Fidelity International-backed OSL, a Hong Kong-based exchange for digital assets, is slashing around a third of its expenses following months of turmoil in the cryptocurrency market.
That includes staff layoffs, though the company did not specify how much of its workforce was being dismissed. OSL offers software solutions, cryptocurrency trading, and custody services to institutional clients.
According to Bloomberg, OSL’s parent entity BC Technology Group CEO Hugh Madden stated in a statement on Tuesday that the exchange reduced costs due to “current market conditions,” which included a “headcount cut.”
OSL is supported by Fidelity, a major asset management company that has introduced a number of products for investing in Bitcoin and Ethereum. Fidelity introduced a product last year that allowed its customers to add Bitcoin to their retirement plans, making up to 20% of their portfolio.
Massive Crypto layoffs
OSL is not the only exchange to implement such policies. Most recently Blockchain.com announced that it would lay off 110 individuals, or 28% of its workforce. The move represents the company’s second significant layoff. The business let off 25% of its workforce in July 2022, claiming a harsh bear market. Top executives also saw wage reductions, and they provided a 4–12 week benefit package to disgruntled employees.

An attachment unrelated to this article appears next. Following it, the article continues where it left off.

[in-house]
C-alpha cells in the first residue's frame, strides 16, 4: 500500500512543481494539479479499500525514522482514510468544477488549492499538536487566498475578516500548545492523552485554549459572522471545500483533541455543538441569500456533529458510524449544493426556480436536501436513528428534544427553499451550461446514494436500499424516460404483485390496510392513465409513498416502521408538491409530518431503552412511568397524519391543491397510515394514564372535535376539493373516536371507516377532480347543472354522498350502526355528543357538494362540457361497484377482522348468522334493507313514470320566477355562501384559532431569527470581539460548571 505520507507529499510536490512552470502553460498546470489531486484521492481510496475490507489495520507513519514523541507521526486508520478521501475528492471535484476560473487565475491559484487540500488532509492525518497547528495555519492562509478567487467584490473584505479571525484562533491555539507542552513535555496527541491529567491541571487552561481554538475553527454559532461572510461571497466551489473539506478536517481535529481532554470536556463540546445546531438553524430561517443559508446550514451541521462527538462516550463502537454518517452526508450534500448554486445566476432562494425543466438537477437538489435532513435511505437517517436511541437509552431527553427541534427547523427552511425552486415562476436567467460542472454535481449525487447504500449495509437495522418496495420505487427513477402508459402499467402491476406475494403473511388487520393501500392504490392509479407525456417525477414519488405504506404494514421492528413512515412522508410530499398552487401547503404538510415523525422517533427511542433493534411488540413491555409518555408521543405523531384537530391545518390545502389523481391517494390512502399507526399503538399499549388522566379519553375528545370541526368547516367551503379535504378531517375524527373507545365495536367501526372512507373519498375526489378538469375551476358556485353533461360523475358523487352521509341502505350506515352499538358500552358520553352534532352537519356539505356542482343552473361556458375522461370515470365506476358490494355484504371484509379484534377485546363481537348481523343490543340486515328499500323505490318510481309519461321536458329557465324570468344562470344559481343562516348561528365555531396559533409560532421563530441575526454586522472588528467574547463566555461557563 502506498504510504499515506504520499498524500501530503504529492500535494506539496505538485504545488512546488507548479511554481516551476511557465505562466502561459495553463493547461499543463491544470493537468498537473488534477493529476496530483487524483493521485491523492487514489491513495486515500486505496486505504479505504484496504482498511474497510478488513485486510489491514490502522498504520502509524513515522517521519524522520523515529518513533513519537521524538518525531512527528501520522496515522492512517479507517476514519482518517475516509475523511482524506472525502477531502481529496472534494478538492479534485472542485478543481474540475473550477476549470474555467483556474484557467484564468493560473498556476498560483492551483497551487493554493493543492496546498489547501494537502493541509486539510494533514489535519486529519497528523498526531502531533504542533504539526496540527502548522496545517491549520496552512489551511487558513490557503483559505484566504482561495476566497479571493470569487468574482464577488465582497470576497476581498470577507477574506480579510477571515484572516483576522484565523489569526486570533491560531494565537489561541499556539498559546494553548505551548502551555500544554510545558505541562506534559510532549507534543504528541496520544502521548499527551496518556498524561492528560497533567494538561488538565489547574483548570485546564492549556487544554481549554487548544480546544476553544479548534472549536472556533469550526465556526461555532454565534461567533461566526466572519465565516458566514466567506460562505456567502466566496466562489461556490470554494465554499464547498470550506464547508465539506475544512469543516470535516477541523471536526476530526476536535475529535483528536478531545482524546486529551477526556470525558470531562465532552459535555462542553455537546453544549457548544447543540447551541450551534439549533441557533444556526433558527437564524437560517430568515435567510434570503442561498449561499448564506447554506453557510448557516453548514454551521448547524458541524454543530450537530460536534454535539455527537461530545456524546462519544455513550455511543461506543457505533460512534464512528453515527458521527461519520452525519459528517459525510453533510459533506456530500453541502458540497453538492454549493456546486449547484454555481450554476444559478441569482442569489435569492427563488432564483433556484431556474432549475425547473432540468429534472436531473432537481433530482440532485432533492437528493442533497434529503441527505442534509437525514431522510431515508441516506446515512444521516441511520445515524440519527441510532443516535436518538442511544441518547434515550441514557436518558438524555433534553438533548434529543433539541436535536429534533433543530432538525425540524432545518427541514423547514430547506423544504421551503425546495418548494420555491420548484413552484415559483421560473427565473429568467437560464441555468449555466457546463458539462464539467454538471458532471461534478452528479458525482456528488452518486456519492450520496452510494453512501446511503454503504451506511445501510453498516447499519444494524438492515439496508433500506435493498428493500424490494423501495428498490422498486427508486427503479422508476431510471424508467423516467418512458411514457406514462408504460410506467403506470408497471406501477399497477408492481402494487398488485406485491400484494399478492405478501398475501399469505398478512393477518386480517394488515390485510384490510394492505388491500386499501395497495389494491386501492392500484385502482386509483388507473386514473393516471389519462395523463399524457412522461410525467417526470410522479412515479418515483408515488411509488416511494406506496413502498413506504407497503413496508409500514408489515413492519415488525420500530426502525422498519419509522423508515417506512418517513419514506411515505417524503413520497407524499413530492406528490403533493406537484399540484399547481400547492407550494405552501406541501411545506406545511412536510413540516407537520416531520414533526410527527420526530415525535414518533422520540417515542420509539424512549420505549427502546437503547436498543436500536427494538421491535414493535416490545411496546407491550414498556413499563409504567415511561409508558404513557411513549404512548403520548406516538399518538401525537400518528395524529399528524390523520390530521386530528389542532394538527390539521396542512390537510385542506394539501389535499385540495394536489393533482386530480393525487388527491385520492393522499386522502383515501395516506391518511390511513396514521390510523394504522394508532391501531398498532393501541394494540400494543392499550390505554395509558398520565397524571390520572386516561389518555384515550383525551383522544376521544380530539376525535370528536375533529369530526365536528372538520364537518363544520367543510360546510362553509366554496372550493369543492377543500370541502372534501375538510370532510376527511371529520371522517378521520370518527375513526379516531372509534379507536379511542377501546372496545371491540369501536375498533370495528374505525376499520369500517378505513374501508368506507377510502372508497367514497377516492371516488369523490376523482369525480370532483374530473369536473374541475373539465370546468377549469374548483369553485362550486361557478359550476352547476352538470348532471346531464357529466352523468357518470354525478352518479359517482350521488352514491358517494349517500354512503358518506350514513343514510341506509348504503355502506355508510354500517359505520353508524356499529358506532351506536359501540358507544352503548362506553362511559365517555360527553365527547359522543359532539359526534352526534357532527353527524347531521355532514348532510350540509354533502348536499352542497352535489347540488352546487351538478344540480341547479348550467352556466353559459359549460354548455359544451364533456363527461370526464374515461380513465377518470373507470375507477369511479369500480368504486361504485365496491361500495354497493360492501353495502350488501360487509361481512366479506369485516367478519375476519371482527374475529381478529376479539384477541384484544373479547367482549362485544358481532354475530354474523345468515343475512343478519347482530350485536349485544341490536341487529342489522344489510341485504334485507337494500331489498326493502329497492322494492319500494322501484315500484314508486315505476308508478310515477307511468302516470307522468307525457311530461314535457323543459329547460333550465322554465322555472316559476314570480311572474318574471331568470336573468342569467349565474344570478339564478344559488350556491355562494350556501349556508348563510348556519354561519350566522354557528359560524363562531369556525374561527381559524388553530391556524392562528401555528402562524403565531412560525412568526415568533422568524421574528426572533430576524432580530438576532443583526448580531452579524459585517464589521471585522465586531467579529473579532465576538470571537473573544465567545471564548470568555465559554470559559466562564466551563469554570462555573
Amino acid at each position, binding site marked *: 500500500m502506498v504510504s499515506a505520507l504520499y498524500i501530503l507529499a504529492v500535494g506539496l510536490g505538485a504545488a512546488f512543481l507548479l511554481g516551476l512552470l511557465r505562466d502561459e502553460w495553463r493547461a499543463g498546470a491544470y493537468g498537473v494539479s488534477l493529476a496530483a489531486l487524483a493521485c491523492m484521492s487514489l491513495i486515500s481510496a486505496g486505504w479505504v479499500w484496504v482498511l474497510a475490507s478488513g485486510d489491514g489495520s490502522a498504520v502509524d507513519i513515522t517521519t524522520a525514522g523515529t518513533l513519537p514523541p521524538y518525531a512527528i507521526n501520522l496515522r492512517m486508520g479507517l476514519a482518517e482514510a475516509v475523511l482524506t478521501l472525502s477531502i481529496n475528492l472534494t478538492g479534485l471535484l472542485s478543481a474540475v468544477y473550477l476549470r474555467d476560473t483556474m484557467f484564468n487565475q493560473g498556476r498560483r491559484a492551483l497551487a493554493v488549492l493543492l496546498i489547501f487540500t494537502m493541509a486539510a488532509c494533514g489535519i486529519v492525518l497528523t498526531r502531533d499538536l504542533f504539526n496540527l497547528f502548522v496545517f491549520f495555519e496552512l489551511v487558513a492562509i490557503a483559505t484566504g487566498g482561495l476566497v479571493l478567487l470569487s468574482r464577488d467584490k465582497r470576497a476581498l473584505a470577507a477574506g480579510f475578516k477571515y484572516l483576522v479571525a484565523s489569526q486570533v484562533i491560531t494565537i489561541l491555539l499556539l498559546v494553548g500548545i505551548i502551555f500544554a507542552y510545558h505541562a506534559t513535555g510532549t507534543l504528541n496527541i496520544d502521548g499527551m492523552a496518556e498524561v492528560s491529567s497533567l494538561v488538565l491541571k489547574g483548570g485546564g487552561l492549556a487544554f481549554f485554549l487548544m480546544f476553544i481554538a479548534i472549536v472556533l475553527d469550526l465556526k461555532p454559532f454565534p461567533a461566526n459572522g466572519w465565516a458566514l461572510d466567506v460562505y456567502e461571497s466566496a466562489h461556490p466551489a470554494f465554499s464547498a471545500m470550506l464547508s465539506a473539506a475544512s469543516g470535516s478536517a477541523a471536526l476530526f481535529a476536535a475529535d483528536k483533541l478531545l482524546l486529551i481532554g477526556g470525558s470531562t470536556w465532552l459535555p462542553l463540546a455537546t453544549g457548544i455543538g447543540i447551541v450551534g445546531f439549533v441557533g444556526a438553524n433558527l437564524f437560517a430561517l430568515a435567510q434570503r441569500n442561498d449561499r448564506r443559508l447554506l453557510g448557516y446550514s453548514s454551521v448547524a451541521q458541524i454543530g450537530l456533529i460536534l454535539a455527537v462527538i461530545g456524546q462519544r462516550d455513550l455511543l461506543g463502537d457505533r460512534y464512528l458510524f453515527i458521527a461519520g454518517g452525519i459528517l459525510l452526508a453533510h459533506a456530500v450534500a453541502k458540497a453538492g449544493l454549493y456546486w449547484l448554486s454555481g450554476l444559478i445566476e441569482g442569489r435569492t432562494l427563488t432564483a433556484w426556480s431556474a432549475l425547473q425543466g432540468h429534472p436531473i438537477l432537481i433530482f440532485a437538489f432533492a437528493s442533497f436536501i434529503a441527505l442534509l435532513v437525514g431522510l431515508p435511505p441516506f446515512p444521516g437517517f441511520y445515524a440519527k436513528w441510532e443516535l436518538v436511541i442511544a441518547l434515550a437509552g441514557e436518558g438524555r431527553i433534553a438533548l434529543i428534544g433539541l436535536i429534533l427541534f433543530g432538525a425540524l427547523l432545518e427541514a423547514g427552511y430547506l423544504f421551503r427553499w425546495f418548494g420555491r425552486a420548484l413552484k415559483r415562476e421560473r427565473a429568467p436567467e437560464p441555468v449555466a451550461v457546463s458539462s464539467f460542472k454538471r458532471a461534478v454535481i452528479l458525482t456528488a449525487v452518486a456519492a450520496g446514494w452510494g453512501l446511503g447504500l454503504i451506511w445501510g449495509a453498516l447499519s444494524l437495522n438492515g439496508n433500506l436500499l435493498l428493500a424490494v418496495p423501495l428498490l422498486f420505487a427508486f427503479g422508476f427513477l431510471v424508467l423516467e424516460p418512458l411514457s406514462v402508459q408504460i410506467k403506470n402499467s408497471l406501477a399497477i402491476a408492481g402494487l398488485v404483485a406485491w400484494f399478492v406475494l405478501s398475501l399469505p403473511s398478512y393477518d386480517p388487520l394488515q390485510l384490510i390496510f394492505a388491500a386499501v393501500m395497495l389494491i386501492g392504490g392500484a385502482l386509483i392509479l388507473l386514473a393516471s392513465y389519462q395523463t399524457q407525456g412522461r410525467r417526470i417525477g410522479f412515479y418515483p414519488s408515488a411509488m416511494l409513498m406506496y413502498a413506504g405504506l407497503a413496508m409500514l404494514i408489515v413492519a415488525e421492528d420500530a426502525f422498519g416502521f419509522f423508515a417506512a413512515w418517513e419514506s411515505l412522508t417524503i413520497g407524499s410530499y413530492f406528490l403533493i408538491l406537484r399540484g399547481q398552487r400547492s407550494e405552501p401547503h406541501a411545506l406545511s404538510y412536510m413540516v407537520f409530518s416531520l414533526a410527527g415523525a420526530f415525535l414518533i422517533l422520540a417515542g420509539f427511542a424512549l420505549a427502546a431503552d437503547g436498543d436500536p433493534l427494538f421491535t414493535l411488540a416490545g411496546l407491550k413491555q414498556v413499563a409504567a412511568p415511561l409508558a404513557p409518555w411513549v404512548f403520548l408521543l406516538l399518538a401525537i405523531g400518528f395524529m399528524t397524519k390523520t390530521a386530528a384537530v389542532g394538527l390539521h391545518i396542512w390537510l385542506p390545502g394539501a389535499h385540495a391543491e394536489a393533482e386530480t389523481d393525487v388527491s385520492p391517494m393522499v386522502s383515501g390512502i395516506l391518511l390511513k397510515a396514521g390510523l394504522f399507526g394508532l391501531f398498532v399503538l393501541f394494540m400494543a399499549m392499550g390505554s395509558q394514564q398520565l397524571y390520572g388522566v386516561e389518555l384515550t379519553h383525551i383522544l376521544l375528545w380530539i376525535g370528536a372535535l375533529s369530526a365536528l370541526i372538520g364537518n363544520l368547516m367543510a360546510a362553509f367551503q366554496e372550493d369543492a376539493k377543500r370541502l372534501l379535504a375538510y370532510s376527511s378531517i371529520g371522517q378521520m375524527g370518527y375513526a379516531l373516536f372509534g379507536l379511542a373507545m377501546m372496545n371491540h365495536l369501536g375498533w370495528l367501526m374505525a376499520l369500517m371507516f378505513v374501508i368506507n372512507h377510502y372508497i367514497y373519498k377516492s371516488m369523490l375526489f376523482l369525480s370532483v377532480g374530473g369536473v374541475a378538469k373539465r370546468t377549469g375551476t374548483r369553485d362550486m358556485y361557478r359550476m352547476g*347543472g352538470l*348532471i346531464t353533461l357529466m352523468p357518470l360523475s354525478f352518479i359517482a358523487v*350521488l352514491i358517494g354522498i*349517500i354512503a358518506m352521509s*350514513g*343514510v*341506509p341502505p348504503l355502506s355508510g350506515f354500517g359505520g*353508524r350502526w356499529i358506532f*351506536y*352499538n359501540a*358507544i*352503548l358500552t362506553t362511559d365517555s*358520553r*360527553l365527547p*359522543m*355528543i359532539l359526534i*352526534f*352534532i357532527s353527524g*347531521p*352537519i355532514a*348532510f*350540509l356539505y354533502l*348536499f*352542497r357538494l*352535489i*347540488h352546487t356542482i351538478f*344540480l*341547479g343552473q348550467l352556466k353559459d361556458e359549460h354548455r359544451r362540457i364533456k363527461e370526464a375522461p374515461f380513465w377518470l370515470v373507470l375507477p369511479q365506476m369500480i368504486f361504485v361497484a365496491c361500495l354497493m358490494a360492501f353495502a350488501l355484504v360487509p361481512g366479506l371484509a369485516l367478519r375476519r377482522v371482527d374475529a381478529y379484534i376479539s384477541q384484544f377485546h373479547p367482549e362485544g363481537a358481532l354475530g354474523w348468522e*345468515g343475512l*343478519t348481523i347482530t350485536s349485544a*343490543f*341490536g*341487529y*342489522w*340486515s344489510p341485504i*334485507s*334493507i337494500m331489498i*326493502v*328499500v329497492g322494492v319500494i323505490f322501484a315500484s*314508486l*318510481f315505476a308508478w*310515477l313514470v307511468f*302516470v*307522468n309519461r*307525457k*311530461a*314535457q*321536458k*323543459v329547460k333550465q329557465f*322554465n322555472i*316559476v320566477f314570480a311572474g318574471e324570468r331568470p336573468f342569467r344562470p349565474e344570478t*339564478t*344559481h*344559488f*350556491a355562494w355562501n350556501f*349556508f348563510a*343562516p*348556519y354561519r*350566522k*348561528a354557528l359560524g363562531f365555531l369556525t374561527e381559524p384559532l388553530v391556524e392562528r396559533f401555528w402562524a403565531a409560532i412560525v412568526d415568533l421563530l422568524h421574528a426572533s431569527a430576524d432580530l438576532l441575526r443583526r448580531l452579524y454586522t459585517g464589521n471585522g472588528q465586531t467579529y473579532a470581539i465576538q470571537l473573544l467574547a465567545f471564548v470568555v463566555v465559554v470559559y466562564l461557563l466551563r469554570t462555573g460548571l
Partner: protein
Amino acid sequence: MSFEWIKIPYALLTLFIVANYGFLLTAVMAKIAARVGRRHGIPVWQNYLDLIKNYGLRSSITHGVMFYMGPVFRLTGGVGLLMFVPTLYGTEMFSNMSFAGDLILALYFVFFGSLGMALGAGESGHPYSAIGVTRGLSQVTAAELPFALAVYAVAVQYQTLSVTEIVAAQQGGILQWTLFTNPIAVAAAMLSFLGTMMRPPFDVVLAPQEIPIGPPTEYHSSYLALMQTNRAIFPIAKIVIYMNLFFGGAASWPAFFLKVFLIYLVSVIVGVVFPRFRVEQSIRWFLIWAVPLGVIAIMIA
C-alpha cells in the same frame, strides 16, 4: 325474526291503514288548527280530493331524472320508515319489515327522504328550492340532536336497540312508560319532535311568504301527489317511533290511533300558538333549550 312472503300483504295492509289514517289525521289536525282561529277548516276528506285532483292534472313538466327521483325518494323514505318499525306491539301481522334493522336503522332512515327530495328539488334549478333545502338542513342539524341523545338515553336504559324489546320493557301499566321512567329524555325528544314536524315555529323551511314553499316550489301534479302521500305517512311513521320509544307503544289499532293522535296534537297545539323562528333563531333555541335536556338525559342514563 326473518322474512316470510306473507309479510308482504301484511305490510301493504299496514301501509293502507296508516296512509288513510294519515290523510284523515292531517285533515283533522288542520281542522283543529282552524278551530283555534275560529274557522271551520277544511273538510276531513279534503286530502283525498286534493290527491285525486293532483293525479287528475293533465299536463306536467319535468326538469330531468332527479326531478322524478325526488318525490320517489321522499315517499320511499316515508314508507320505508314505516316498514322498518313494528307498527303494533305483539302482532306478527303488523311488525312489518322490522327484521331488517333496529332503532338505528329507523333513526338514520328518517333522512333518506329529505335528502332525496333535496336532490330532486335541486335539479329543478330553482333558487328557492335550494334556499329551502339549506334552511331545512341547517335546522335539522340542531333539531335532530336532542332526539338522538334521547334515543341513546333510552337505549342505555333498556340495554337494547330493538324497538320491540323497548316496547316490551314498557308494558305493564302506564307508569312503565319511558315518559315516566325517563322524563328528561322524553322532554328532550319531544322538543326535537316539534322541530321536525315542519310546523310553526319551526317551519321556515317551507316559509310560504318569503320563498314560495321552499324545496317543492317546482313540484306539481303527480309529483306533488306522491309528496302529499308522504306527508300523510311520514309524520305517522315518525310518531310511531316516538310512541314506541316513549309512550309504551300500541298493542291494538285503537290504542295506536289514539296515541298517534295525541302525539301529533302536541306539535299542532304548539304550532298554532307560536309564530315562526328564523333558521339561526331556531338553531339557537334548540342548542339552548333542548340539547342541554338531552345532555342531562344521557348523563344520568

The business was responding to the considerable challenges it had encountered in 2022. They made the decision to cut operating expenses and improve the products they were providing to clients.
On January 6, CEO John Crain announced that the number of staff at the non-fungible token (NFT) exchange SuperRare has reduced by 30%. Adding that the firm is giving in to the effects of the prolonged crypto winter that has frozen various market sectors.
Throughout the second half of 2022, the so-called “crypto winter” raged, bringing with it a sharp decline in the value of crypto assets as well as numerous high-profile bankruptcies. The most notable, and still having an impact on the crypto industry, was the rival exchange FTX’s collapse in November.